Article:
Berlin based Korean DJ and producer, Peggy Gou, recently gained a lot of attention and critical acclaims from many electronic platforms and labels. Once before, she was working in a record store in Berlin and studying fashion, but then she realised that music was the thing she wanted to chase and started to make music.
It was not easy for her to start up her music career. In an interview with Mixmag, Gou reveals that the process was difficult at the beginning and she always felt dispirited. When she sent her first record to labels and producers, they all said no to her, which made her discouraged.
What’s worse, some people even thought she was just selling sex and didn’t do serious things. Gou heard about it and later described her feeling “that super hurts”. However these acid remarks couldn’t stop her progress and at the start of 2016, she launched her first EP, The Art of War, followed by Day Without Yesterday / Six O Six on Phonica White, and The Art of War (Part II).
She continued to manifest a strong producing ability in her EP Seek For Maktoop, which was released in October 2016. The first track “Gou Talk” delivers a dreamy and blurred vibe subtly. The micro-beats fuses into its exotic synthesizer, consistently fluctuating up and down with the trembling bassline. It’s like a kaleidoscope reflecting a mirror of miniature.
The next song on the EP, “Maktoop” is more bouncy and gleaming. Surrounded by the psychedelic atmosphere, the chilling groove illuminates the track flexibly and makes it vivid. With the echo effect and textured vocal of Gou, it feels like dancing in a dark room with dim lighting when listening to the last track, “Rose”. The game-like electronic loops and twisted funky beats somehow brings a sense of retro-futuristic feeling.
Following her EP releases, she began touring many different countries and venues, including electronic underground sessions and some indie music festivals, and gradually became well known amongst Electronic music lovers. She soon signed to Ninja Tune and announced she would be releasing her new EP Once in 2018.
I also began to notice her in this period. After I found a lot of electronic websites such as Mixmag and Resident Advisor were trying to recommend her, I gave her a shot and found that her music is definitely elegant and luxuriant but also bouncy as well.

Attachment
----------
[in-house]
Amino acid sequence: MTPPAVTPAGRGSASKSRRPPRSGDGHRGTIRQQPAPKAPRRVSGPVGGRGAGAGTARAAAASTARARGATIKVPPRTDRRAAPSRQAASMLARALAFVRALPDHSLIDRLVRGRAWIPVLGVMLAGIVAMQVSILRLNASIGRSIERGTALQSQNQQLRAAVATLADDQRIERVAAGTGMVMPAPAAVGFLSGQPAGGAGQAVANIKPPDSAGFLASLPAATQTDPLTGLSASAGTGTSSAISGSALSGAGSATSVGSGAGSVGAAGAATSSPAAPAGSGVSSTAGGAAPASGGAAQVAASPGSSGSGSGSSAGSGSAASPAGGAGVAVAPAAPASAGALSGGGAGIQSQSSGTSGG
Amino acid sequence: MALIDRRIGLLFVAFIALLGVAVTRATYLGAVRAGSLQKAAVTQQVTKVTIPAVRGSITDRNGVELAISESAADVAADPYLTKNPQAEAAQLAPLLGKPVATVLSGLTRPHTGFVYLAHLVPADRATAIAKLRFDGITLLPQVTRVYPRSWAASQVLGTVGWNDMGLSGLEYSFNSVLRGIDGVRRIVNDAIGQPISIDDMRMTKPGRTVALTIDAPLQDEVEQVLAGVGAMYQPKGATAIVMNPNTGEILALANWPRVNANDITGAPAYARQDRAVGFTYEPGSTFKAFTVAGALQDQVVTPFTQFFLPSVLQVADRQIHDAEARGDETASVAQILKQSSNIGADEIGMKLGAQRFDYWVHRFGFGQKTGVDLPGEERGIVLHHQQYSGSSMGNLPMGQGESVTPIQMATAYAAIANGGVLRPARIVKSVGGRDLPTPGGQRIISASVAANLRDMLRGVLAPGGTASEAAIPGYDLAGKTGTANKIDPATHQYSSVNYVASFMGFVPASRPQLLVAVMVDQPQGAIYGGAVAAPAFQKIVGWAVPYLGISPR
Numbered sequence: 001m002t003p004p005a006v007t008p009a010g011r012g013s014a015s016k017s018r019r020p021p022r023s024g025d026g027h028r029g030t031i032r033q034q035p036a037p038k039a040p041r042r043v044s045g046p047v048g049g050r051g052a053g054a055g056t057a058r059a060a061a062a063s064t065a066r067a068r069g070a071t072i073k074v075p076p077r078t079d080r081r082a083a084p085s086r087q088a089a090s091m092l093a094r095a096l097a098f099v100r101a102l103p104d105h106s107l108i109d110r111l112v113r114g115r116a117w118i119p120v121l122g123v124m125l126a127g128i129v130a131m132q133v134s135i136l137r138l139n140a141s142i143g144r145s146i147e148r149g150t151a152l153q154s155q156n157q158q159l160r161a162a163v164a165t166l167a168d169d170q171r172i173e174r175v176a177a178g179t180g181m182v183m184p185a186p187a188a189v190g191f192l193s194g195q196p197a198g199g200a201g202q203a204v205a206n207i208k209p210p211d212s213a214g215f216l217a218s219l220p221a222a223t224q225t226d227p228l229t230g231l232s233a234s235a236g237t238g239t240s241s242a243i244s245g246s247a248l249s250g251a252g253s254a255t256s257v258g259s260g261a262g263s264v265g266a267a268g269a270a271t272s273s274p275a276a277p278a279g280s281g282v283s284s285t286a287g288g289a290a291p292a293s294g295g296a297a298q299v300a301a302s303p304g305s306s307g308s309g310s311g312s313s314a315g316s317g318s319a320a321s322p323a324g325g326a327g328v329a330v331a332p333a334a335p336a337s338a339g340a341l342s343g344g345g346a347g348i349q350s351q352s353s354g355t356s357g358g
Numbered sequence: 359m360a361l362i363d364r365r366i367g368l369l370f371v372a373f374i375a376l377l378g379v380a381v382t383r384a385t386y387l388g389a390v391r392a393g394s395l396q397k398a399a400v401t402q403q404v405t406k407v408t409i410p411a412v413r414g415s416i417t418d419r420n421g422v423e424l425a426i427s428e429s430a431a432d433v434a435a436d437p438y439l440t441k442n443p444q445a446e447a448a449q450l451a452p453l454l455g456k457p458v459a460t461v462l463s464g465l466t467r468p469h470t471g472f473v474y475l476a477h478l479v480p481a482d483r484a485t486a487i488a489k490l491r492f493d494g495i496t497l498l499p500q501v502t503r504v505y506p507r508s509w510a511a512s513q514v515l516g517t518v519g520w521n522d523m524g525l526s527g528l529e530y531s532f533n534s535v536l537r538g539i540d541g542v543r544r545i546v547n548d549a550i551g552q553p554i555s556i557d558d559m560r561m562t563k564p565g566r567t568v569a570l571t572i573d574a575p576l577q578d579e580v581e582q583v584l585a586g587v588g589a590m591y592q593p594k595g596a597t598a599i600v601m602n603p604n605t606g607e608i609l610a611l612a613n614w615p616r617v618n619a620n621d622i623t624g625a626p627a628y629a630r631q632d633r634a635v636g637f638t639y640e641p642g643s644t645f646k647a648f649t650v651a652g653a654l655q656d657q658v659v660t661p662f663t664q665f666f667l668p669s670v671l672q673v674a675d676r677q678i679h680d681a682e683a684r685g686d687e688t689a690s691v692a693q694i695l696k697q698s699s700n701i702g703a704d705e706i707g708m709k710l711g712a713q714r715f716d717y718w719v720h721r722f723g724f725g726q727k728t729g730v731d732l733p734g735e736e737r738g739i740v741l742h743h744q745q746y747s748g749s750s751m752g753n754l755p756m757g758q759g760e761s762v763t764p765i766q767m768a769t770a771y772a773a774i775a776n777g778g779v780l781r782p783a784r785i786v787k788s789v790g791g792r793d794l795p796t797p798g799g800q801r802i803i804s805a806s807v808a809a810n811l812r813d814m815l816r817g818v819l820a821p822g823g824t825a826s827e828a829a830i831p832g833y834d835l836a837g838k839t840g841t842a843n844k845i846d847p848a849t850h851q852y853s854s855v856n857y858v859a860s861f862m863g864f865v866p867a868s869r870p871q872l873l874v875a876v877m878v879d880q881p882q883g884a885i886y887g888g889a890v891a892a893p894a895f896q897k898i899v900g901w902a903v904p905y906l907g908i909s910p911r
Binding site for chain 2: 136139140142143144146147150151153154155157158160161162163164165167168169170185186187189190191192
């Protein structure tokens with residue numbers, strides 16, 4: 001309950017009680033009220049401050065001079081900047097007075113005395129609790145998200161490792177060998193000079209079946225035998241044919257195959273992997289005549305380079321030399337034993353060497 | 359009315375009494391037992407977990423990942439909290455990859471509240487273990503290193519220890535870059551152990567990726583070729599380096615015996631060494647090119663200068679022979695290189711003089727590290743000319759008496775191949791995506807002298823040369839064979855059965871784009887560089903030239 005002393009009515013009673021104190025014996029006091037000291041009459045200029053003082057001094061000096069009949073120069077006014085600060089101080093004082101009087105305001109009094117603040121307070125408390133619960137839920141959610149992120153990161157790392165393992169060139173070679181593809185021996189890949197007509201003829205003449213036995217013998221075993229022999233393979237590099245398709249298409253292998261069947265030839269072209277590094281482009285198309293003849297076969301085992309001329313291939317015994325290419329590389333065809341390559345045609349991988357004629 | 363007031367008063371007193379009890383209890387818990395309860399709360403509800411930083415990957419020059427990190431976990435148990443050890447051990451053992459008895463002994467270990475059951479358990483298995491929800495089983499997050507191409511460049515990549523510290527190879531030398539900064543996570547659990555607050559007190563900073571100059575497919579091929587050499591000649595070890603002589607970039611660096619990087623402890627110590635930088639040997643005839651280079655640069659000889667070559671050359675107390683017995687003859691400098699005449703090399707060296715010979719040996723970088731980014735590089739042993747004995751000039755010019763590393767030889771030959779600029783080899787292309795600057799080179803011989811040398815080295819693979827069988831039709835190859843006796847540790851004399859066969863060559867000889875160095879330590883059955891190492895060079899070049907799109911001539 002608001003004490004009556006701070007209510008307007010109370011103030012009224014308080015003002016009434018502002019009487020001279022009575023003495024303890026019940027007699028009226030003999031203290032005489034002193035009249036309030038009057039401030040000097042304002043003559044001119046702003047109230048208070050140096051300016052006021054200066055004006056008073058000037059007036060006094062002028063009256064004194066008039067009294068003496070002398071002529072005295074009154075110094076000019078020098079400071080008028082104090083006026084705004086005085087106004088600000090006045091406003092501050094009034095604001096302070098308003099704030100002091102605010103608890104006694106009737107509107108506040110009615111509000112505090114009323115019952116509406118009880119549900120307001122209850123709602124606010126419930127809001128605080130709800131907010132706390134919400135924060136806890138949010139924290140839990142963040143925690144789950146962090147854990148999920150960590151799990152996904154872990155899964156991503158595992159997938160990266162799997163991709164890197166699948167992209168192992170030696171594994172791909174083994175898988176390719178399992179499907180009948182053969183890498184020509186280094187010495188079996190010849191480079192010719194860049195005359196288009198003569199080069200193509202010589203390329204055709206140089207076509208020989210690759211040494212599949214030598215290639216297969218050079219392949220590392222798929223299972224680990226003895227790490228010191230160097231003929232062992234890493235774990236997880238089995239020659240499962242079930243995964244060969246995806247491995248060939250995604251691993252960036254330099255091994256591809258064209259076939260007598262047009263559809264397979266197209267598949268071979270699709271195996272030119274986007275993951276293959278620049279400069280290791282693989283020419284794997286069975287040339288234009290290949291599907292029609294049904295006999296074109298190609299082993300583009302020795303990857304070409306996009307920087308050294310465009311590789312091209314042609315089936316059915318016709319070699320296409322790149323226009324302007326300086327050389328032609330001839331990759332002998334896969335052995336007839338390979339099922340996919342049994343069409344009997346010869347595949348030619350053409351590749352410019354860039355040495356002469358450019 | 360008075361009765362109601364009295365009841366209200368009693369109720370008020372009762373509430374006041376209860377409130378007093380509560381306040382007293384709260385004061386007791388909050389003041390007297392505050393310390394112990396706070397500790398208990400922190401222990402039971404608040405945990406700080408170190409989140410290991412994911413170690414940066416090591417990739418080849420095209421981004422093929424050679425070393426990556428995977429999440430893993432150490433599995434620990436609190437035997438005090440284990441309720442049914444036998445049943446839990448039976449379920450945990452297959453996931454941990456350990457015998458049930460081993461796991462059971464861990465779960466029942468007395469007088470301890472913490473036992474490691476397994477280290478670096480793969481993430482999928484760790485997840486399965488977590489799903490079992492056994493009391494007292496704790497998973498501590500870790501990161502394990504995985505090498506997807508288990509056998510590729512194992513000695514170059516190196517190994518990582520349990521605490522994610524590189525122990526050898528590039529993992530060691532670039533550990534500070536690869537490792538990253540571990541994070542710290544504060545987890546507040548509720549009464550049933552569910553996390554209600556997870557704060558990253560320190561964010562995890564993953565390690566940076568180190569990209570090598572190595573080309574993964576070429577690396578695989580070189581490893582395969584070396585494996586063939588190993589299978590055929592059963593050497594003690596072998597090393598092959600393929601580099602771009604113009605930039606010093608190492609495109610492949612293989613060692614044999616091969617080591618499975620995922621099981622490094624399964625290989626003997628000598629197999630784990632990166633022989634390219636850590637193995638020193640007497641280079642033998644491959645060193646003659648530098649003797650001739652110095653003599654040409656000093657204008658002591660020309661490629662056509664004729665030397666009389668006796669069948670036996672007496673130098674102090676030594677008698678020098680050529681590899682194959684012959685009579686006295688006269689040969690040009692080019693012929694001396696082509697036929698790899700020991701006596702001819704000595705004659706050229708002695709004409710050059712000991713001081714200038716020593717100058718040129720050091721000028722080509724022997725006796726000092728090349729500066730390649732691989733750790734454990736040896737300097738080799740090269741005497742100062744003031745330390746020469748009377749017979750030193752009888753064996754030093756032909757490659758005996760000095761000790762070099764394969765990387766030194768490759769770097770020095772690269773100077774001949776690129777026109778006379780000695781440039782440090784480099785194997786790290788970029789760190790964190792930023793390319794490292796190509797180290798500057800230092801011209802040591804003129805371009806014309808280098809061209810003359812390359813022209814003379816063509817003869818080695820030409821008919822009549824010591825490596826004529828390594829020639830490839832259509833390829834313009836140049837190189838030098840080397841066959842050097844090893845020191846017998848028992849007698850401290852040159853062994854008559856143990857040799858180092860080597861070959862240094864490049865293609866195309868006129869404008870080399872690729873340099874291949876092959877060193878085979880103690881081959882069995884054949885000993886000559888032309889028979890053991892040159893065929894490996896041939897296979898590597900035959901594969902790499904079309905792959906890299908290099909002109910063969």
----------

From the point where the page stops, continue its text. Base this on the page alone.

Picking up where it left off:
The new EP, Once, mixes bouncy dance-beats with airy and lush synthwaves. On the first track “It Makes You Forget (Itgehane)”, the bouncy stabs float between its blurred synthline and looming percussion, creating a dreamy and venting dance-floor session.
Along with the slightly sparkling created by its subtle riffs, it seems like flowing in a shimmering river – soft, flashy but also filled with shinning moments. Personally, this track is also my top 3 favourite tracks in 2018 so far.
On the second track “Hundres Times”, the fluctuating micro-house and clubby groove keep sprawling and growing, injecting the EP with more dynamic and switchable elements. For Electronic lovers who love Bicep and Hammer, I highly recommend this track to you.
Influenced by 90s electro music, “Han Jan” has a smooth synth sweep and breezy yet pulsing beats. Just like the first track, the Korean lyrics and her blurry vocal in “Han Jan” cover the EP with a vague and mysterious exotic texture.
Last week, she released a brand new song titled “Travelling Without Arriving”. Just like her other songs, it is filled with sparkling acid beats within the airy synthline, but the new song is basically more breezy with the fresh riffs and lush composition, bringing a relaxing vibe just as kiting in the sky.
For a long time, it’s been very rare to see an Asian artist stand out in the indie-electronic industry, but Peggy Gou is proving her producing ability and aesthetic sense. As an Asian who has a huge affection towards electronic music, I’m also very proud of her. Listen to her new track “Travelling Without Arriving” below, and keep tabs on Peggy Gou on Facebook and Instagram.
Words by Neo Chen
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